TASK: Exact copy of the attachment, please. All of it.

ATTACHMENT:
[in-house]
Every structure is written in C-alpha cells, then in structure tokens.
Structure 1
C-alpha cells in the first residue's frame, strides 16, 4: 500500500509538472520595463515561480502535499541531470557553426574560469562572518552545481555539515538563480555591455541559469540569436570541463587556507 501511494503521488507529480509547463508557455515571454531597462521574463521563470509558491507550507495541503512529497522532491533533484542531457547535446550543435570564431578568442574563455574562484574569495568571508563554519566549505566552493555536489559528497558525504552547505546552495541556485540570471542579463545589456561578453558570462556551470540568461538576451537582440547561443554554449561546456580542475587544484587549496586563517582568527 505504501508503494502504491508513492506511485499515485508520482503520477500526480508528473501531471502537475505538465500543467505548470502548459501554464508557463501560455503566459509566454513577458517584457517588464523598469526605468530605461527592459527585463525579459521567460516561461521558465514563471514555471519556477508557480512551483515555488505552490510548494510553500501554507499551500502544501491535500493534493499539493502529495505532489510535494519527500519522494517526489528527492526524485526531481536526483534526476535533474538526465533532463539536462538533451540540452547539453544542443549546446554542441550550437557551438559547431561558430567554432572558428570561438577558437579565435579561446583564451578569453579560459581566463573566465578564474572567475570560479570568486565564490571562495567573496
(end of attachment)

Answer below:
[in-house]
Every structure is written in C-alpha cells, then in structure tokens.
Structure 1
C-alpha cells in the first residue's frame, strides 16, 4: 500500500509538472520595463515561480502535499541531470557553426574560469562572518552545481555539515538563480555591455541559469540569436570541463587556507 501511494503521488507529480509547463508557455515571454531597462521574463521563470509558491507550507495541503512529497522532491533533484542531457547535446550543435570564431578568442574563455574562484574569495568571508563554519566549505566552493555536489559528497558525504552547505546552495541556485540570471542579463545589456561578453558570462556551470540568461538576451537582440547561443554554449561546456580542475587544484587549496586563517582568527 505504501508503494502504491508513492506511485499515485508520482503520477500526480508528473501531471502537475505538465500543467505548470502548459501554464508557463501560455503566459509566454513577458517584457517588464523598469526605468530605461527592459527585463525579459521567460516561461521558465514563471514555471519556477508557480512551483515555488505552490510548494510553500501554507499551500502544501491535500493534493499539493502529495505532489510535494519527500519522494517526489528527492526524485526531481536526483534526476535533474538526465533532463539536462538533451540540452547539453544542443549546446554542441550550437557551438559547431561558430567554432572558428570561438577558437579565435579561446583564451578569453579560459581566463573566465578564474572567475570560479570568486565564490571562495567573496